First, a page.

Lecture 12 - The Pohlig-Hellman
attack and Chinese Remainder
Theorem
In the last lecture we saw how discrete logarithms could be efficiently solved if p-1 was a power of 2. Today we generalize this
to the case when p-1 is smooth, meaning that it is a prod
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MIME and Base64 encoding
Math 348, Spring 2008
Many e-mail messages are now sent using the MIME format. MIME stands for Multipurpose Internet Mail Extensions. A typical e-mail message with an attachment will have
the two lines
MIME-Version: 1.0
Content-Ty
Recap of the first day' s lecture on
Substitution Ciphers
At its core, cryptography is about making encryption systems that can keep secrets away from smart and wise attackers who try to
crack them. A famous NSA maxim states that attacks never get worse,
Recap of the lecture on the Civil
War Vigenere discovery
Recently a Civil War encrypted message was discovered (see http:/www.aolnews.com/2010/12/25/civil-war-message-in-a-bottleopened-decoded/). We will now decode it, using just a little knowledge of the
Lecture 4 - Vigenere Cipher and
the Kasiski Attack
Let us review the Vigenere encryption method that we discussed in the last class. Recall that it is a polyalphabetic substitution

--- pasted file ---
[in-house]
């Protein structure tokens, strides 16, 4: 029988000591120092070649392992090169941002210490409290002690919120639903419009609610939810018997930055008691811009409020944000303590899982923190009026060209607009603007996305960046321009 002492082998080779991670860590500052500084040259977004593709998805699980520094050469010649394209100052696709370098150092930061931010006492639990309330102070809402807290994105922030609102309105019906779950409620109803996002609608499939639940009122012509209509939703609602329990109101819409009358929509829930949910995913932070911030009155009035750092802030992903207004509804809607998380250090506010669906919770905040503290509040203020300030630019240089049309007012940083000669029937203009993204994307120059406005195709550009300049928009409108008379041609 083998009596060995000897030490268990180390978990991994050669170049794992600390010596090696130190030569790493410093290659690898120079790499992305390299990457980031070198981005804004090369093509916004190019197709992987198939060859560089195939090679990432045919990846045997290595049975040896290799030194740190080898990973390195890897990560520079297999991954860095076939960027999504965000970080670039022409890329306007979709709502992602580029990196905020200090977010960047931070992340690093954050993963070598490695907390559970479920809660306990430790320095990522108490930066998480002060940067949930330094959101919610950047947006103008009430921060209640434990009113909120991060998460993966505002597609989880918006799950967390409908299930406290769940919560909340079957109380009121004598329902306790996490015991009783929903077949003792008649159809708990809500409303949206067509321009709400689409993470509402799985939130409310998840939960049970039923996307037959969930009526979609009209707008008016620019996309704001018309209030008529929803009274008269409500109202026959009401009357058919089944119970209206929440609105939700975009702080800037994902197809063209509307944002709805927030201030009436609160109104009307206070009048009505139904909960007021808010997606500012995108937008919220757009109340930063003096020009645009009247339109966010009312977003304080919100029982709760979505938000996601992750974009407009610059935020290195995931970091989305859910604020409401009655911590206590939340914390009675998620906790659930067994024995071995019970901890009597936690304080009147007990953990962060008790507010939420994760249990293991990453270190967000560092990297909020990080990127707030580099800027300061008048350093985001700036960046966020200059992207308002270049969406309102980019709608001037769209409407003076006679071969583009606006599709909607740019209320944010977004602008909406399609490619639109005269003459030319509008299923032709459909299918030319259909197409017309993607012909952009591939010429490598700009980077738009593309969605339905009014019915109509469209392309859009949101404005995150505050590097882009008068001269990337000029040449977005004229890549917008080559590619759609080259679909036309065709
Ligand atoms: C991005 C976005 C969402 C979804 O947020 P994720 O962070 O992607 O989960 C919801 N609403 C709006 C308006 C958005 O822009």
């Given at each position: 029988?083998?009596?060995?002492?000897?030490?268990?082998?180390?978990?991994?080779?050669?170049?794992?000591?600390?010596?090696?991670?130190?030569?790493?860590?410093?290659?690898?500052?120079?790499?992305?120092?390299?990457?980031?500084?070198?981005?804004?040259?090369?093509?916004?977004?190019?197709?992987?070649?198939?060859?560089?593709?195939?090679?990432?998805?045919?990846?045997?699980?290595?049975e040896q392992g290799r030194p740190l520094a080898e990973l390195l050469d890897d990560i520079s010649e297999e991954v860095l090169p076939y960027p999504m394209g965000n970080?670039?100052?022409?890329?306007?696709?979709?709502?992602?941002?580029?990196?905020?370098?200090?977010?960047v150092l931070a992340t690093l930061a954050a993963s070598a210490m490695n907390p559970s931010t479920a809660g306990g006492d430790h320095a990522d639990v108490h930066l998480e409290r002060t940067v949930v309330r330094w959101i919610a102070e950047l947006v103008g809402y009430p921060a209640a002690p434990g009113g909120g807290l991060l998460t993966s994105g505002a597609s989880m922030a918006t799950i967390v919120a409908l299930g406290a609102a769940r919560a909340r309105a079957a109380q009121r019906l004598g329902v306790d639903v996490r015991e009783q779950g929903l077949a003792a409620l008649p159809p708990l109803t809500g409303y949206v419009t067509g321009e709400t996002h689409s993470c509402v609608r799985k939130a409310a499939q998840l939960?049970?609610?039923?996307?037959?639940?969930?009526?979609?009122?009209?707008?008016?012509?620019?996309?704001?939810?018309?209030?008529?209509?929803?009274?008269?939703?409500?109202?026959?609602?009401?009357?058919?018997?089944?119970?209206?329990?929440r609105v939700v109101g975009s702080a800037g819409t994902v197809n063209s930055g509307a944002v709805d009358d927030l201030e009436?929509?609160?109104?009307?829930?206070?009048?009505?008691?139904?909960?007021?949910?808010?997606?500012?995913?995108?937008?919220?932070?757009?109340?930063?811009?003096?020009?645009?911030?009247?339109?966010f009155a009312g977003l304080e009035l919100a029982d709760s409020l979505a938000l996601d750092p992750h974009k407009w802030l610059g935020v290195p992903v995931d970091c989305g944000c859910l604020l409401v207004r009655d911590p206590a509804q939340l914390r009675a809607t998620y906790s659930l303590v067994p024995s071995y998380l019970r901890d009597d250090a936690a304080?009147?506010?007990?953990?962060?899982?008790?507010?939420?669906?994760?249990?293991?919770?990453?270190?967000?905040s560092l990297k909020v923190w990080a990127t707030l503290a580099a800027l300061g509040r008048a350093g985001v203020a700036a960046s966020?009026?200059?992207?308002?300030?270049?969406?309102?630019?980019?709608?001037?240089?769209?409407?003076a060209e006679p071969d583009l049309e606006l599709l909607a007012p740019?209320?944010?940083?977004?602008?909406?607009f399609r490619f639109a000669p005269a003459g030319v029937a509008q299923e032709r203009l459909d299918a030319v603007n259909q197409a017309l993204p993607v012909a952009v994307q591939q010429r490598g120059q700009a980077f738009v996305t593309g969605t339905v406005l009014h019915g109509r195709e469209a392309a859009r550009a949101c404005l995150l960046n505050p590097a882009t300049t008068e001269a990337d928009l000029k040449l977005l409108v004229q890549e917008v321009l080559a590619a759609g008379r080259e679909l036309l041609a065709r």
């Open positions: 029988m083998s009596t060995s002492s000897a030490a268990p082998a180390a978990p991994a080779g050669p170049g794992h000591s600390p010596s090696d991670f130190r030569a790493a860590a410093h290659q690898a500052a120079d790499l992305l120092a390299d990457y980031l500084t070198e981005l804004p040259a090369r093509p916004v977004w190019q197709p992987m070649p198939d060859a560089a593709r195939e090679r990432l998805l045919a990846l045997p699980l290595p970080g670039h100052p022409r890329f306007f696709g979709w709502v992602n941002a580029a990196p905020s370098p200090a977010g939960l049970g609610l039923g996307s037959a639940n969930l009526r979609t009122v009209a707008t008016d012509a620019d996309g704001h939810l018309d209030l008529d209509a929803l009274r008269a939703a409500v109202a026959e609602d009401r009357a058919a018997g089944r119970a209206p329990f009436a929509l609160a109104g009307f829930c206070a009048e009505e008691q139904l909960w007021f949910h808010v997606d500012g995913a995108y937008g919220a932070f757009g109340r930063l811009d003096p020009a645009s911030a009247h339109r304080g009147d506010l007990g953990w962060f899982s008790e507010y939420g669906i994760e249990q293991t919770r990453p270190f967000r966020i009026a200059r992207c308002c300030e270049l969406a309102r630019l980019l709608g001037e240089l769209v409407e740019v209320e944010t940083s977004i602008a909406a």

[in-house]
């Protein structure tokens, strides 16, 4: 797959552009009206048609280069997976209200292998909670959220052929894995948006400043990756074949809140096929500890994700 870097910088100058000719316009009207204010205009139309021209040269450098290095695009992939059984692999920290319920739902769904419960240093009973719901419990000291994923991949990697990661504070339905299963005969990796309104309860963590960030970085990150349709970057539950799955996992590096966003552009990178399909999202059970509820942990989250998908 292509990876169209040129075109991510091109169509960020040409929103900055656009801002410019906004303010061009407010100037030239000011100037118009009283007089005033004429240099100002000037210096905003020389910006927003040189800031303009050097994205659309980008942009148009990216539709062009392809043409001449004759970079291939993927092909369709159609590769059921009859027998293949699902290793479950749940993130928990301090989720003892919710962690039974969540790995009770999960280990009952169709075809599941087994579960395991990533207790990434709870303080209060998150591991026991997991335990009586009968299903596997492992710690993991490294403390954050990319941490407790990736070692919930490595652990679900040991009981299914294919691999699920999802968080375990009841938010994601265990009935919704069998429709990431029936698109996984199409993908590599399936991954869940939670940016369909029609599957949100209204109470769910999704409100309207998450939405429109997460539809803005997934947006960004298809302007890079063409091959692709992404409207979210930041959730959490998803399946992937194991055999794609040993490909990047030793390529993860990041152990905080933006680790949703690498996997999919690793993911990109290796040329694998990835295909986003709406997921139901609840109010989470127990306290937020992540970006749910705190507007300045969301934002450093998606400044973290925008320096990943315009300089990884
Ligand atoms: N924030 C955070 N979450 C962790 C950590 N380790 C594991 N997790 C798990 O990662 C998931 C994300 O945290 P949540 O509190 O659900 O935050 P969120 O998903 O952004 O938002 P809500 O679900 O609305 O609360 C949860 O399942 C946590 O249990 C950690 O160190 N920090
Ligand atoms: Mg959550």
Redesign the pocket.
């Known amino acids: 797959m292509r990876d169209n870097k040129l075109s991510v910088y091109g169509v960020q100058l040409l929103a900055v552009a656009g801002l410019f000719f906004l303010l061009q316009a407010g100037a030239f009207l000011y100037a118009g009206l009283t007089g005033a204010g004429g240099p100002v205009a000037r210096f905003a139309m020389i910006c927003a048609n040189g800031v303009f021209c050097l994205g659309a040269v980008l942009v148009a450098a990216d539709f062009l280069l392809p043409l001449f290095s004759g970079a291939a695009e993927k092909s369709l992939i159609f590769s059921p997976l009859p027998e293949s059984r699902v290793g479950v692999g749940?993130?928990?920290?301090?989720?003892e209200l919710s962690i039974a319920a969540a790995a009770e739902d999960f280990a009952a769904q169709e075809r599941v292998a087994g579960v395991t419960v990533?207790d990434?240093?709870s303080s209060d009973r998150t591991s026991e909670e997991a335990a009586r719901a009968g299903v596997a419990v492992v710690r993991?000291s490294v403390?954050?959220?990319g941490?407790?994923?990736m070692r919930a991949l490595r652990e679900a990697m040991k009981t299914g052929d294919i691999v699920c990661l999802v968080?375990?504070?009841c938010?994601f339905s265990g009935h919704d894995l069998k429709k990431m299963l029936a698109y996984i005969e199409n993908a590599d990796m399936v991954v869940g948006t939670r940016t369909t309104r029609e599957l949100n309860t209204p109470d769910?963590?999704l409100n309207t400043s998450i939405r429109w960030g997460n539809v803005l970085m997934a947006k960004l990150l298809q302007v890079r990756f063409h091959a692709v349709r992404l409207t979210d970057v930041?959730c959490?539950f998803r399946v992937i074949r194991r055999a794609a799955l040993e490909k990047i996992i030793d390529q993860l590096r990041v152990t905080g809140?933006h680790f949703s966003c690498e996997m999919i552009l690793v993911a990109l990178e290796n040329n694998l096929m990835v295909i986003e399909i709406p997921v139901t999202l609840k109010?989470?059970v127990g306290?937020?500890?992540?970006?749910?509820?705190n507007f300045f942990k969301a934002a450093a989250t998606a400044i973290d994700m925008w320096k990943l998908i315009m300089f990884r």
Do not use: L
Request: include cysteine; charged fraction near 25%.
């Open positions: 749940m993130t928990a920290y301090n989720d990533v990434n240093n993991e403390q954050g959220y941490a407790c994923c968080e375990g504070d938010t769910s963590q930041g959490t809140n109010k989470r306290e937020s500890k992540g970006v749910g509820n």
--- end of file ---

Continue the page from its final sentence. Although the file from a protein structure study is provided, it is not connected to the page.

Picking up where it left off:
cipher, in that it does not necessarily always encrypt the same letter the
Lecture 5 - Vigenere Cipher, Index
of Coincidence, and the Friedman
Attack
In the last lecture we discussed the Kasiski attack, which finds the key length of a Vigenere text based on the pattern of repeated
trigraphs (that is, 3 letter combinations). Toda
Lecture 14 - The Miller - Rabin
primality test
Recall last time that we spoke about Fermat ' s primality test,
which rules out primes rather than showing numbers are primes. If n is a prime,
then Fermat ' s little theorem asserts that an is congruent to a
Lecture 17 - Pollards factoring
algorithms
This lecture actually 2 in class concern two clever factoring algorithms
introduced by J. Pollard. The first, Pollard ' s algorithm for integer
factorization as distinct from his algorithm for discrete logarithms
Homework #1, due February 5
Exercise 1. Decrypt the following message which was created using the Caesar cipher:
LORYHWKHQDPHRIKRQRU
Exercise 2. Eve has intercepted the following ciphertext which was created by using a shift
cipher:
CNMNBYQLIHANLIOMYLM
De
2
Cryptology course packet
Wesley Pegden
Version: January 19, 2010
4
CHAPTER 1. CLASSICAL CRYPTOLOGY
When Caesar used the cipher, he always shifted by 3, but theres no reason
for us to stick with this convention. For example, we could have encrypted the
m
56
digit, 0 and 1, since using any more would be redundant. (For example, even
the number 2 can be represented as 10 in binary).
If we want to represent a decimal number, say 35, in binary, we subtract the
largest power of 2 less than 35, which is 32, giv
84
CHAPTER 3. PUBLIC-CHANNEL CRYPTOGRAPHY
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Chapter 3
D
E
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It is the same graph because vertices which were adjacent in the rst graph are
still adjacent, while vertices not adjacent in the rst graph are not adjacent here
either.
It can be surpris